That summer, he was the leading scorer (14.2), on the Notre Dame Fighting Alumni team that captured the $500,000 first prize in The Basketball Tournament. He felt really good about his game and his health and his playing future. He looked forward to getting back overseas for a few more seasons.
When contract talks with several teams never materialized into something solid in the fall of 2014, Ayers was left jobless. Paulsen had a late opening on his staff. So he called Ayers, who decided the time was right to turn the professional page.
“I kind of retired when I was playing my best,” he said. “I was at peace with it. As much as I wanted to go back to Europe and play, I knew coaching was what I wanted to do long-term and it’s something I should invest in now.
“I was like, ‘Wow. This is meant to be.’”
Following the 2014-15 season, Paulsen left for George Mason while Ayers remained at Bucknell. Still, the former Irish swingman left an impression on his old boss, who gave him a chance to have his hands on a little bit of everything – skill development, scouting reports, game analysis, recruiting and offering insights on in-game adjustments.
Paulsen gave Ayers a lot because Ayers got it.
“The nuances of the game come easily to him,” Paulsen said. “He pretty much did everything. As a first-year coach, he was very, very advanced.”
Despite the myriad responsibilities, Ayers often kept it simple. At one point that season, Paulsen had him work with guard Chris Hass, who had been struggling to find a consistent stroke on his 3-point shot. The more Ayers worked with Hass, the more the eventual first team all-league selection regained confidence in his shot.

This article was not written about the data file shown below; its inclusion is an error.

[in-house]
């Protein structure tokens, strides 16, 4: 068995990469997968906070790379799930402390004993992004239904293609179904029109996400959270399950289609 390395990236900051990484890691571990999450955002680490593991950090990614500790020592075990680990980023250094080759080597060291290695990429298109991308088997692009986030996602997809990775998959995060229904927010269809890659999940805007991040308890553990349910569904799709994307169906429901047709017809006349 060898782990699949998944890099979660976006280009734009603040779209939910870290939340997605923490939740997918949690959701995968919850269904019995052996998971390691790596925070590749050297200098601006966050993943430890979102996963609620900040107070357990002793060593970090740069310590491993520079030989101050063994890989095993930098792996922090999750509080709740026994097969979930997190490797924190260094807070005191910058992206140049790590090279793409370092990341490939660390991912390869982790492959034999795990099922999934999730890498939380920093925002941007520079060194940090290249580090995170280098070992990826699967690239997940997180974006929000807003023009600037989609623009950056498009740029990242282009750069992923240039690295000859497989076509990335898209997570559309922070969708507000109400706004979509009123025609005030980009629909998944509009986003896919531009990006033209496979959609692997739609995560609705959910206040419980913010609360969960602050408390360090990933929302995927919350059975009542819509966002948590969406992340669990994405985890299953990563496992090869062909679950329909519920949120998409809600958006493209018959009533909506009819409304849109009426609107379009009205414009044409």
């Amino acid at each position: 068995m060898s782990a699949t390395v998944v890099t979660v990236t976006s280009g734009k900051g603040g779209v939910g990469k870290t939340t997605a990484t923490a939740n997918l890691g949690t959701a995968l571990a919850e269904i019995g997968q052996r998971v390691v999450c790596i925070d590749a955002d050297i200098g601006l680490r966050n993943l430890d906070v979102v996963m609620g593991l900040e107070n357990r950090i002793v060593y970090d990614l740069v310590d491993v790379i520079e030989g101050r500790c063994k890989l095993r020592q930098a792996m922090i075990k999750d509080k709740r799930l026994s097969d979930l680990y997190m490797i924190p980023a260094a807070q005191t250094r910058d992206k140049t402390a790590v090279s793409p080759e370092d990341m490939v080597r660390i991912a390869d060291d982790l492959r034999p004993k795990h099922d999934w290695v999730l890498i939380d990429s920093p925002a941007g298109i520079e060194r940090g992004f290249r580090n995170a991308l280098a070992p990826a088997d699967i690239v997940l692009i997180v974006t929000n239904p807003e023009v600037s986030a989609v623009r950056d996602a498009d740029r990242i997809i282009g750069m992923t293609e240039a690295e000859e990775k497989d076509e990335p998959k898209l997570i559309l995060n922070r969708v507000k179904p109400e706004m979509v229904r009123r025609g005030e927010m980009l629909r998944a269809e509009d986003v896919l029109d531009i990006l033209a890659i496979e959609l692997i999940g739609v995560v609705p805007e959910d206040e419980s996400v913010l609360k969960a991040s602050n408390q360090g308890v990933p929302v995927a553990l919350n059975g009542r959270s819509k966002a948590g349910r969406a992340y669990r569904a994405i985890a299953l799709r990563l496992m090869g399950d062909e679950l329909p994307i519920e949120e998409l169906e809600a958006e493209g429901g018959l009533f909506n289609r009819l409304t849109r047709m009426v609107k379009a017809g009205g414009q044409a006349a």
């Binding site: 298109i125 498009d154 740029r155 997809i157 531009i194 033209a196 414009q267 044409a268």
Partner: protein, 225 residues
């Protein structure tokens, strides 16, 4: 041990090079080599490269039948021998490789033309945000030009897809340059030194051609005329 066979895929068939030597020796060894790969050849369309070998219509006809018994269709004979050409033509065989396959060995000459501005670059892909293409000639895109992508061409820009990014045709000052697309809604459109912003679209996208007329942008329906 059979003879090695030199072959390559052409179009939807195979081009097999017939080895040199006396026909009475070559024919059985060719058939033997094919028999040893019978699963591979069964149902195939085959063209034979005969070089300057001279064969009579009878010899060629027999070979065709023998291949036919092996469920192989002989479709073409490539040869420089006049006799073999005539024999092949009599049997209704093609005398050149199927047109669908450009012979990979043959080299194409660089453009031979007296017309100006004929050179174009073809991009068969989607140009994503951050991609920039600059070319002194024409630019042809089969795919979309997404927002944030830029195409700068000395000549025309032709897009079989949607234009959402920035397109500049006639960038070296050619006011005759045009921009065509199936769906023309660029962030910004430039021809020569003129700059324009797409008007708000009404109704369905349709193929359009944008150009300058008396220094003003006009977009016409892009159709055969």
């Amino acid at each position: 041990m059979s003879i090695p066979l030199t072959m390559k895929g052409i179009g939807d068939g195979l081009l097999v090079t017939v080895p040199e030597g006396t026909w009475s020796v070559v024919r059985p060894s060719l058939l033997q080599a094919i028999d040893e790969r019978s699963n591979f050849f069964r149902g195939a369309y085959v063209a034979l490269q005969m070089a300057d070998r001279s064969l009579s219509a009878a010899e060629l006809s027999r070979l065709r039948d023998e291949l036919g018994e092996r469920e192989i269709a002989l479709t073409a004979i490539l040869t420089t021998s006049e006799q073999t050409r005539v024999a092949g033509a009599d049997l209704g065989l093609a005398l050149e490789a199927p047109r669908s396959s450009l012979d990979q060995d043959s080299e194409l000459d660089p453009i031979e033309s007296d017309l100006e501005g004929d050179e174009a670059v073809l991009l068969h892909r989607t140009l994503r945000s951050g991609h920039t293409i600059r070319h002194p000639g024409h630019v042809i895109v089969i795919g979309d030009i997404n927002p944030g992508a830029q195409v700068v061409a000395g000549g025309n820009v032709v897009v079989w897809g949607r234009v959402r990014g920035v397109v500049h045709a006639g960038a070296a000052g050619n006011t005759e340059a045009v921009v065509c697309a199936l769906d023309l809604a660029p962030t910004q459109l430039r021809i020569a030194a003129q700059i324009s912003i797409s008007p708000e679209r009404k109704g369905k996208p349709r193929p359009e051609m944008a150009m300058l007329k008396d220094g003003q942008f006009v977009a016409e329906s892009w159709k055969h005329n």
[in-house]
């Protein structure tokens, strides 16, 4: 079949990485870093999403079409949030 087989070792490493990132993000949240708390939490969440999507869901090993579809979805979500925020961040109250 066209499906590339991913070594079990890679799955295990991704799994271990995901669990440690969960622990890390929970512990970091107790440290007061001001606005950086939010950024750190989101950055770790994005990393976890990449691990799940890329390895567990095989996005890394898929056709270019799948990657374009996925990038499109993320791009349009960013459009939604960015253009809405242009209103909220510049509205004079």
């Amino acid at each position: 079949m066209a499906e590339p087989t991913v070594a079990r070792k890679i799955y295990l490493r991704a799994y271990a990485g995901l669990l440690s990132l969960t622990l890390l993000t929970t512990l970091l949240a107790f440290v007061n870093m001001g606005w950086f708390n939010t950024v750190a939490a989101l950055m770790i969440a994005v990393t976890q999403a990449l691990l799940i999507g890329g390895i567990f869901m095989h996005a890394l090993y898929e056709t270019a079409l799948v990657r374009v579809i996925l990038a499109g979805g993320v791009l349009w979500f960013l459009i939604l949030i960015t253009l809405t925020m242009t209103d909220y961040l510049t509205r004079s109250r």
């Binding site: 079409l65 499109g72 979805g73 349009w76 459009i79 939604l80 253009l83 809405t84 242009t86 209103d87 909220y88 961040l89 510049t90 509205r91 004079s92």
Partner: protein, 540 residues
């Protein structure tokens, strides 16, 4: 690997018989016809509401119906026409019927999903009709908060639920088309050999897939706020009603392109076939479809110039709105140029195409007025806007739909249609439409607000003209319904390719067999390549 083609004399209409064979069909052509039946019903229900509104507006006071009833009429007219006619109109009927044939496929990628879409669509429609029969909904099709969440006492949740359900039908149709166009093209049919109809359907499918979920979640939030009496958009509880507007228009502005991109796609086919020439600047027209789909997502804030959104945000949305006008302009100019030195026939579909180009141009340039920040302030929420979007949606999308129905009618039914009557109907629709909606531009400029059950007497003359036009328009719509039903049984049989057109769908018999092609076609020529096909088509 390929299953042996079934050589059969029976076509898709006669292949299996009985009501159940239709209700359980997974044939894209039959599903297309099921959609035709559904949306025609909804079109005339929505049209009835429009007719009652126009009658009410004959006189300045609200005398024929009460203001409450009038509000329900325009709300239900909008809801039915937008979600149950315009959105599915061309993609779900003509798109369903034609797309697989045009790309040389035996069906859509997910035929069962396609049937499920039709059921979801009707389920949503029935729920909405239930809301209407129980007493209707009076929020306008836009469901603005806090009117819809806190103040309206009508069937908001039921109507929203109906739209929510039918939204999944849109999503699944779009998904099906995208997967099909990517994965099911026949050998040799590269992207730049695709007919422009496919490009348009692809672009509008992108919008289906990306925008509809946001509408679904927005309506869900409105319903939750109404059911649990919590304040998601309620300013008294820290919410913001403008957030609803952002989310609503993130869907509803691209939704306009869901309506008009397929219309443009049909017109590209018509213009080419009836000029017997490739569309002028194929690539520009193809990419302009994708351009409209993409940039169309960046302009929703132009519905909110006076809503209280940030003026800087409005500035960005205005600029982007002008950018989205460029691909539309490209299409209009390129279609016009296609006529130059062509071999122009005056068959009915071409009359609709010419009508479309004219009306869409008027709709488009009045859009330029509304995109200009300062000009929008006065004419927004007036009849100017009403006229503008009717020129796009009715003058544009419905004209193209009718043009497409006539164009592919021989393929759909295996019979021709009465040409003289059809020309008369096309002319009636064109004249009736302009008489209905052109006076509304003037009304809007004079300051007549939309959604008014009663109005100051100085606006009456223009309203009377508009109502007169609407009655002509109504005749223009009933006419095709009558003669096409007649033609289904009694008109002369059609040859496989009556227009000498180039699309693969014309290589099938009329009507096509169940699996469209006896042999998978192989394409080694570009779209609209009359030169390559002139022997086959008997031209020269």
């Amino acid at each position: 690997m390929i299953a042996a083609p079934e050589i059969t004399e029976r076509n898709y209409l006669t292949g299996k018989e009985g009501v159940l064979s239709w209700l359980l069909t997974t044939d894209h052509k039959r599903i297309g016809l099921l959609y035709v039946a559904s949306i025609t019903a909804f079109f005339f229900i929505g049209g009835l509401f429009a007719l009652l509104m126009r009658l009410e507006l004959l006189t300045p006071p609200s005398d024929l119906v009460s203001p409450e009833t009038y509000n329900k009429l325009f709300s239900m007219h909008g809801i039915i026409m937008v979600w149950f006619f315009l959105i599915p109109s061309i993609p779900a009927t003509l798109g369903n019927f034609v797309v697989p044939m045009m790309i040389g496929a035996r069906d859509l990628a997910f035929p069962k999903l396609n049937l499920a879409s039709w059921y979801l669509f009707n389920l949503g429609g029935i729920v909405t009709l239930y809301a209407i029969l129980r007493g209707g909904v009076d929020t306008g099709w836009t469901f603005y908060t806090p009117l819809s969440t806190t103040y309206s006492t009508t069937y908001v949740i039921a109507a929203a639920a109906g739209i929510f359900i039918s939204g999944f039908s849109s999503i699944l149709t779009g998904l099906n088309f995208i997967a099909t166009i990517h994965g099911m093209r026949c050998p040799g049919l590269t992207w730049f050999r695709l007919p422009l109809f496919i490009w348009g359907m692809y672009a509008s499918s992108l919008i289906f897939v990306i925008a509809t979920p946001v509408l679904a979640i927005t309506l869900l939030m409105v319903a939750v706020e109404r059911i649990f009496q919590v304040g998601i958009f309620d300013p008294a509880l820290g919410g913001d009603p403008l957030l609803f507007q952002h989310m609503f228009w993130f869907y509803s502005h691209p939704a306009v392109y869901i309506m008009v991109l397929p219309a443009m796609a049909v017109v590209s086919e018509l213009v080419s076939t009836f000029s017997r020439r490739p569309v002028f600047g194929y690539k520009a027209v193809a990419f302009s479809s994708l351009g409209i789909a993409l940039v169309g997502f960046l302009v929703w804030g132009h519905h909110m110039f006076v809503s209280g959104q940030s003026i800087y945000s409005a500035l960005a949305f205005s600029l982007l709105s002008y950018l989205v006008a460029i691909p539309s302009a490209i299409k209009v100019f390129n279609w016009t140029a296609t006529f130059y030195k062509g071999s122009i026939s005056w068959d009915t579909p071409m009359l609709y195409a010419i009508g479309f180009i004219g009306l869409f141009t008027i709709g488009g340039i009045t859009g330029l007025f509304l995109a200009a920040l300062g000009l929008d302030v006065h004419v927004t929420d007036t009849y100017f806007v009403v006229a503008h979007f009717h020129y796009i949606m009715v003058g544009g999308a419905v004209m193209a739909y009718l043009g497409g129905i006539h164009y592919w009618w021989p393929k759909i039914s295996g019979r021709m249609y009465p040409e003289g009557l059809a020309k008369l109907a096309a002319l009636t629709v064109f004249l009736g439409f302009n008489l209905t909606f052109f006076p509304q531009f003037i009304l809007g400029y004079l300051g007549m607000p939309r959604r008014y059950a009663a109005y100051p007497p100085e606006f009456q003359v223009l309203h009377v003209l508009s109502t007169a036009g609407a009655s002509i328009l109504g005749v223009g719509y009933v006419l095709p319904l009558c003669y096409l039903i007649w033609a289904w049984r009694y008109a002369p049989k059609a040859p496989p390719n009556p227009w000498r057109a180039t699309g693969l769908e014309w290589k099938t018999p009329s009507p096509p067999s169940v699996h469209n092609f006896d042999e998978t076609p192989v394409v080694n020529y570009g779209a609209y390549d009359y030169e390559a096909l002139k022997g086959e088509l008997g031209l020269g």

“He was just really good at giving him one thing to think about and not giving him like 12 things to think about,” Paulsen said. “Ryan understood the psyche of a shooter.”
Ayers also understands the culture and the standards and expectations and the ups and downs of the Notre Dame program. The 2009 graduate lived it. He can relate to coaching up someone like junior-to-be Martinas Geben, who is expected to take a big step after two relatively silent seasons. He understands how to help captain-to-be Steve Vasturia pace himself in preparation for another season of playing heavy minutes. He’s been in the shoes of fellow senior captain V.J. Beachem, expected to make big shots at big times.
When he goes on the road next month and recruits for Notre Dame, he can offer prospects a first-hand account of life as a student-athlete.
“I’ve seen it all; I’ve been through the struggles,” Ayers said. “Hopefully my voice carries some weight.”
That voice often stayed relatively quiet when Ayers was a player. He often chose to lead by example, to be a consistent presence on the practice court, in the locker room and in big Big East games. Now he’s not afraid to speak up and speak loudly as a coach, yet he’ll still pull a guy off to the side for a few quiet words of encouragement.
“I want to be a confidence-giver and that’s something I learned from Coach Brey,” Ayers said. “The pride I have in this program and this university, I’m not going to let anything slip and I understand what the standard is here with effort and pride and playing hard.
“I’m a teacher first and that’s important, but I’m also going to be on these guys to give that effort that we need every day.”